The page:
Amplification is tricky with the LCD-2. I've found they do like some headroom. I initially was using a Woo WA6SEm that I found to be a great amp with other cans, but with the LCD-2 it could not bring much to the frequency extremes and I found the highs to be too recessed and rounded off and the lows also be lacking in control. Vocals were beautiful though. The two amps I would highly recommend that I have heard extensively with the LCD-2 are the Apex Peak Volcano (a Pete Millet design available from Todd the Vinyl Junkie), and my current amp, a Violectric V181 in fully balanced mode. Those two amps are a world away from the Woo in making the LCD-2's shine brightly and meet their potential. They bring the extremes back in line with the mids with authority and grace. The Apex Peak does just a bit better in the mids with its hybrid design (the V181 is a SS amp). They both put out about 2 amps into the 50ohm load if I recall correctly. The other usual suspects for the LCD-2 are the Leben 300XS and the Meier Concerto. I'm not sure if Kingwa is still building the Audio GD Phoenix, or the ROC SA, but both of those would also offer ample headroom, though no direct experience to share there. I'd also be interested to hear what a Beta 22 might do with the LCD-2.
Hope that helps!
Thank you for your detailed answer. I have another question regarding their ability to play at lower volume...which is what I do most of the time...I've heard they are not particularly good at that. Would you agree with that statement? I heard that AKG K702 are pretty good at lower volume.
Yes, I'd agree they are quite good at low volume. The only other cans that I've heard that are better at low-volume listening are Grado GS1000's, but in every other respect the Grado is an idiosyncratic headphone and not up to the level of the LCD-2's for general listening. The other iffy issue around the LCD-2's will be comfort. Being an ortho they are large and a bit heavy and you become very aware of them as they do tend to squeeze a bit more than other cans (Audeze did improve this from the very early version which were even tighter). For some folks it doesn't matter, and some actually find them comfortable. I do not, but I also don't find them very uncomfortable either. They sure are not HD800's, which are one of the most comfortable cans I've owned. I don't remember AKG702's being that great at low volume, but honestly I did not give them much of a chance and I don't think I had the best amp for them. I heard them later on at a headphone meet using a Woo WA6SE amp and they sounded much better than I'd ever heard them sounding. I did not own them with the Woo I had so that was the first time I'd heard the combination. They do not have the tonal richness that the LCD-2's offer, nor the lower end extension or flat mid response....a different sound...more akin to the HD800's you used to have, but falling short there, even optimally amplified...IMHO. If you listen to music at low volumes most of the time you might want to try to take a listen to the GS1000's, but be aware that they are really tailored for classical music and don't seem to serve vocals nearly as well (at low volume this does not seem to make as much of a difference - not sure why - could have something to do with the impedance curve, but someone who knows better would have to confirm).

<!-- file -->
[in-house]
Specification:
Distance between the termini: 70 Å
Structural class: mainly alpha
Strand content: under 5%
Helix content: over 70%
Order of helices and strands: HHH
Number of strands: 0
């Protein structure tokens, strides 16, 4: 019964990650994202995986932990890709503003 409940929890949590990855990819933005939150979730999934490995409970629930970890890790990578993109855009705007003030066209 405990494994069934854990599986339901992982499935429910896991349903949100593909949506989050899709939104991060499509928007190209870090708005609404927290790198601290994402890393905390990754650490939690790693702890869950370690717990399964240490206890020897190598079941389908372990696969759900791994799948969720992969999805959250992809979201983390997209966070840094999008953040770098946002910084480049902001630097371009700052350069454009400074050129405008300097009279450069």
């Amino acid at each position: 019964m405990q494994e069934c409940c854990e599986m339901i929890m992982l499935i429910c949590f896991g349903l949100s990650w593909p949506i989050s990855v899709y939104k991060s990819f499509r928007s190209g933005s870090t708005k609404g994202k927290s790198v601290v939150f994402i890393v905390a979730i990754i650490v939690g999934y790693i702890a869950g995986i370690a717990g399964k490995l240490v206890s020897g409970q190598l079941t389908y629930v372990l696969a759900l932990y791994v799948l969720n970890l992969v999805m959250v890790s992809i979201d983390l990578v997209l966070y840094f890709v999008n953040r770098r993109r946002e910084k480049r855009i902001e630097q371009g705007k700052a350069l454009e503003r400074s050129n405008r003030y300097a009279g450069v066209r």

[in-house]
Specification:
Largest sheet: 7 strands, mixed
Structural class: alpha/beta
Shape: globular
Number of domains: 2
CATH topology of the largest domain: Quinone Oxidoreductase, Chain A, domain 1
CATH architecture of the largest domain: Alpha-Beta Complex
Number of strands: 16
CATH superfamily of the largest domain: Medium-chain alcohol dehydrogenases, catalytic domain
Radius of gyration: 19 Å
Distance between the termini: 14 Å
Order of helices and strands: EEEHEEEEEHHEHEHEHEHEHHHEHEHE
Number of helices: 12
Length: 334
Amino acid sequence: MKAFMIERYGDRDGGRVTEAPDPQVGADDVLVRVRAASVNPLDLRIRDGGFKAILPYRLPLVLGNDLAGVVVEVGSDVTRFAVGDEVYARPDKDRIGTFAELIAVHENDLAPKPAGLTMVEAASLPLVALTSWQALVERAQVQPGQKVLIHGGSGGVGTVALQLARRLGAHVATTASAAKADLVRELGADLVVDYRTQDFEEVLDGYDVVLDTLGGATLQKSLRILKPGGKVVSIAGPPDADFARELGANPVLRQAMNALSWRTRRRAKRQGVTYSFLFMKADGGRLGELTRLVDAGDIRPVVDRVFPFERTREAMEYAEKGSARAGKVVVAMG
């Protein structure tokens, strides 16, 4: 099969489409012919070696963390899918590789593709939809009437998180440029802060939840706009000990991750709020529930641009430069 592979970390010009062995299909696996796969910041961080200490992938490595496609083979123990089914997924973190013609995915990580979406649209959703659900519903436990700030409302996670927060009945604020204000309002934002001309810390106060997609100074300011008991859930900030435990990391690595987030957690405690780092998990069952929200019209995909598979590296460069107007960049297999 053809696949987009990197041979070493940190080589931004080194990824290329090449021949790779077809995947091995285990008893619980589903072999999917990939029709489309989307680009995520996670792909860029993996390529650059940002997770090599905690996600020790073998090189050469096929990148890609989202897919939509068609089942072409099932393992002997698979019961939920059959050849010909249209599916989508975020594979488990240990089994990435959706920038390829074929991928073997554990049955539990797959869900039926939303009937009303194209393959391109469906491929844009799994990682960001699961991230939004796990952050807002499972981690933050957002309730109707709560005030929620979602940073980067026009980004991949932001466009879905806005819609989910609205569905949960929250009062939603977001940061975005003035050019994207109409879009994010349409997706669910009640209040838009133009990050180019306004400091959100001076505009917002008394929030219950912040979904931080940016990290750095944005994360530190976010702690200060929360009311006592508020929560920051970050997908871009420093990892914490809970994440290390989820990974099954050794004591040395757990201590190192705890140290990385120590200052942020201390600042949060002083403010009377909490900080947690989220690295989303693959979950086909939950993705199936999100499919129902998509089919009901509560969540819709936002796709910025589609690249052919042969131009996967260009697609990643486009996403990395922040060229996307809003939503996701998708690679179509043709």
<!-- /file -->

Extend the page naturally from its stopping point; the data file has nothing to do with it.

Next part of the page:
The LCD-2's clamp pretty tightly but I have not tried them myself while laying down. I also probably don't have the same head you do (that'd be quite a coincidence) so even if I had tried it I don't think the information would necessarily apply to everyone. Just tilting my head back with mine on they start to slide off so I'd say that I'd have the same problem you did with your Grados FWIW.
Everything you need to know about headphones is at www.headphone.com
It's certainly a useful resource, but this statement is far from accurate IMO. Not only is there zero info on LCD-2's there, as Branislav points out, but there's an entire world of headphone gear that is is outside what they happen to sell and support.
Here's my opinion and it's only worth anything to me, but I'm going to share it with you anyway. Where do you come up with this monetary value? Do you even know if you like listening to headphones? I'm not trying to let you down, but that's way too much money to devote to headphones / amp. Anyone that openly tells you to buy a pair of $1500 Stax hasn't met anyone who owns a pair of $1500 Stax and likes their $400 Beyerdynamics better. For the music I listen too, I can't buy a better set of cans than the AKG-702's. Pair them up with a $300 Little Dot MKiii or a Darkvoice headphone amp, and it will make you want to upgrade your Rogue, and I own Rogue amps. $1500 headphones are the equivelant of $20,000+ speakers paired with $15,000 worth of monoblocks. If you're going to spend the big bucks on this set up, buy a Cary SLI-80 and some Sennheisers, but don't waste your money. What's your music preference? I can blow your mind for $800 - $1000 total. Save the rest of your money for some other type of upgrade. Did you read the Stereophile review of the Little Dot MKiii? Did you know that most serious audiophiles that listen to jazz, classical, and heavy vocals prefer the AKG-702's over ANY other headphone, or that Sennheisers are the preferred headphone for rock? I can point you to so many Stax reviews where the owners like their much cheaper headphones better, and do the same for $1500 headphone amps. Also, check out Sam Tellig's review of the Music Fidelity M1HPA in this months issue of Stereophile. It sounds like a real winner.